There isn’t a cure for mono since the virus will eventually go away on its own. Symptoms last about a month, so the focus of treatment is relieving the symptoms with rest (it may take months to resume exercise), fluids, and over-the-counter pain relievers for fever, headache, and sore throat.

Antibiotics are not prescribed for mono because they are not effective in treating mono since it’s a viral infection, not bacterial.

Prevention

There is no vaccine against EBV or mono, so the best prevention is to avoid sharing any food/drink and close contact with anyone who is infected.

If you’re infected, you should be careful to not spread your saliva/bodily fluids until several weeks after your symptoms have completely subsided.

Sources and More Information

Centers for Disease Control and Prevention, “Epstein-Barr Virus and Infectious Mononucleosis”https://www.cdc.gov/epstein-barr/about-mono.html

CDC, “About Epstein-Barr Virus (EBV)” https://www.cdc.gov/epstein-barr/about-ebv.html

Familydoctor.org (American Academy of Family Physicians), “Mononucleosis (Mono)”https://familydoctor.org/condition/mononucleosis/?adfree=true

Mayo Clinic, “Mononucleosis” https://www.mayoclinic.org/diseases-conditions/mononucleosis/symptoms-causes/syc-20350328

NIH U.S. Library of Medicine, Medline Plus, “Infectious Mononucleosis”https://medlineplus.gov/infectiousmononucleosis.html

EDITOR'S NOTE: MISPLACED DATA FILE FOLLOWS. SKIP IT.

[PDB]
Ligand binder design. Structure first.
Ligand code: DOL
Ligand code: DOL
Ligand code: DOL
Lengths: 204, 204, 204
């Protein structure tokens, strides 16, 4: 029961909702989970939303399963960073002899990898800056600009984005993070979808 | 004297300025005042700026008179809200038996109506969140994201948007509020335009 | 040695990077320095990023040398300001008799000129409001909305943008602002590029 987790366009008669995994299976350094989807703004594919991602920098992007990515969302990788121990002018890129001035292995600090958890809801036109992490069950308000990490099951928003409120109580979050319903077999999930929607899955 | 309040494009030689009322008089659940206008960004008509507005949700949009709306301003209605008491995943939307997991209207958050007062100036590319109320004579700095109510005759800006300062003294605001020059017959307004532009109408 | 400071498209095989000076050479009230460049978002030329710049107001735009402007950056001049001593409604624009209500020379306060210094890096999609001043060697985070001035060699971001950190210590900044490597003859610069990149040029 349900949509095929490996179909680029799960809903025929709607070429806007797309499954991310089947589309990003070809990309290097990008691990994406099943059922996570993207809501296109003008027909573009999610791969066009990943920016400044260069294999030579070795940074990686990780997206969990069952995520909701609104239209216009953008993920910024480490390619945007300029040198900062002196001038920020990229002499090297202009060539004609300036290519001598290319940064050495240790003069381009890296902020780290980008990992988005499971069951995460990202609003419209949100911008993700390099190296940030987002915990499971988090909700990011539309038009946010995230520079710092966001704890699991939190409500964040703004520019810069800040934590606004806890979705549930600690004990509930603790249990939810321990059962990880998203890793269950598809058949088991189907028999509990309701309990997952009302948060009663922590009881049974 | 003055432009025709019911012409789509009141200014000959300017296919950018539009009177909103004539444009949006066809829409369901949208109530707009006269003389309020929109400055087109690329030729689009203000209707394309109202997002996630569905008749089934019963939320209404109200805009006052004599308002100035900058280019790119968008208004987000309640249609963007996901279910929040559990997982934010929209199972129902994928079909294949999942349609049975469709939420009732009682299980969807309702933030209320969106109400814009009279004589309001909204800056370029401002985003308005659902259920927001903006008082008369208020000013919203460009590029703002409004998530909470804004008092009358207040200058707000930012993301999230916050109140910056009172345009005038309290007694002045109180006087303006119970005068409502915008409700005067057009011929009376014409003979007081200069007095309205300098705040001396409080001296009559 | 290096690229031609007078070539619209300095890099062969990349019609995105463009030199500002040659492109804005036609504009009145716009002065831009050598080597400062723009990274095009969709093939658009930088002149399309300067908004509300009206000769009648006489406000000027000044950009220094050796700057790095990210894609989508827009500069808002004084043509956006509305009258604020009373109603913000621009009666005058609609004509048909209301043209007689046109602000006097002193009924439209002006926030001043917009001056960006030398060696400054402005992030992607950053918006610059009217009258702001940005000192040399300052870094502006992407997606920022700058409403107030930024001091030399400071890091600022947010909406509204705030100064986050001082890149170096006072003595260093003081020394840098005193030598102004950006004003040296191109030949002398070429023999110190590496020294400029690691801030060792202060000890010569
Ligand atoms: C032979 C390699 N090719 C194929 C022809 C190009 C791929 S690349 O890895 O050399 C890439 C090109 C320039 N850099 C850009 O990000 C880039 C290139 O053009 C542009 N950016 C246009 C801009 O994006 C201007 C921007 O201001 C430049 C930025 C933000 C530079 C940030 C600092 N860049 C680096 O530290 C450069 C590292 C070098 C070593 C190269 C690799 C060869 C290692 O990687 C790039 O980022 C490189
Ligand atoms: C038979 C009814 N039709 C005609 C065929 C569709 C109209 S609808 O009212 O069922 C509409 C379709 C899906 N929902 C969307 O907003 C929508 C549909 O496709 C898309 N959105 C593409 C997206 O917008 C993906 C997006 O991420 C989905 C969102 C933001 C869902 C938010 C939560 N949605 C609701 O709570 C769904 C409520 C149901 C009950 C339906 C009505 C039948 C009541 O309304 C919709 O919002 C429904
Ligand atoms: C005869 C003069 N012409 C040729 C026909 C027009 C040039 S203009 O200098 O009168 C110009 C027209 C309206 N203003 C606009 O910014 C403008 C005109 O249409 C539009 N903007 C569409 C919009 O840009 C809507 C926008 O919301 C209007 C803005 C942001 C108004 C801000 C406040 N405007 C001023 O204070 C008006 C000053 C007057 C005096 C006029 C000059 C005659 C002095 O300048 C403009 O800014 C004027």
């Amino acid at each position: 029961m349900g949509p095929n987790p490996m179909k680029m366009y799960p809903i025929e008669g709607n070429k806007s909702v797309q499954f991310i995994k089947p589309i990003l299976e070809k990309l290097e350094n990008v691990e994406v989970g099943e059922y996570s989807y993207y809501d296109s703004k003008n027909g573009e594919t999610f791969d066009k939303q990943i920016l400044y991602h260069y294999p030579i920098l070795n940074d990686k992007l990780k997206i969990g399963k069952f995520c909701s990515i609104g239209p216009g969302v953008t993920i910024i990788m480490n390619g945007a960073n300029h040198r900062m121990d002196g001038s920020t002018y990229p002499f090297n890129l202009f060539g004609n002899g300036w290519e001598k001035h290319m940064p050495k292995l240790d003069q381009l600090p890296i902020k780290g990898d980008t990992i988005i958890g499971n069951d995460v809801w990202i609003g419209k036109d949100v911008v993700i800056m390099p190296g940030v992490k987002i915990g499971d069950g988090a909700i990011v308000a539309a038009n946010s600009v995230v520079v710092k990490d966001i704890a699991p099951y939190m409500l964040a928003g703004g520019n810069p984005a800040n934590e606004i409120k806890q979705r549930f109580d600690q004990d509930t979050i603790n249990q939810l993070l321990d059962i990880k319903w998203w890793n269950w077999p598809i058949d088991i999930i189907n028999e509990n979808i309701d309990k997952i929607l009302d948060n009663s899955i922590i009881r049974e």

More from The Allied Times

Nursemaid's Elbow

Nursemaid’s ElbowA common pediatric injury.By Marven Ewen, MDMedical DirectorOne of the most common pediatric injuries is nursemaid’s elbow. I have seen many of these in my career. The usual mechanism of injury is a sudden pulling on the child’s forearm or wrist, such as when a parent pulls a child away from traffic or some…

Misophonia

Misophonia An uncontrollable reaction to sounds.By Jenny Ewen, BA, NREMTEditor-In-ChiefHave you ever had someone tell you stop chewing so loudly? While you might have immediately assumed that person was just being overly sensitive, there’s actually a name for the disorder where certain sounds trigger a negative response: misophonia.People who have misophonia have an uncontrollable reaction…

Infectious Mononucleosis

Infectious Mononucleosis The “kissing disease” lingers on.Here’s what you should know about it.By Jenny Ewen, BA, NREMTEditor-In-ChiefWe all remember “the kissing disease” from adolescence, which is known as infectious mononucleosis, or mono. Since the virus spreads through saliva, it can be shared from kissing, but also from an uncovered cough or sneeze, or sharing food…

Scared to Death

Scared To Death It can actually happen with this rare heart condition.By Marven Ewen, MDMedical DirectorOn a busy Sunday evening in the ED, an elderly man came in to be “checked out.” His story was that earlier that day he had been snacking on some peanuts while watching the football game.He choked on some of…

The Deer Hunter

The Deer Hunter When mixing whiskey and hiking leads to the ER.By Marven Ewen, MDMedical DirectorIn the EMS field, it is not uncommon to have to care for intoxicated patients. Alcohol is often a factor in trauma. We sort of kept an informal record of the highest alcohol level we had seen in a patient.…

Are you ready to start saving lives?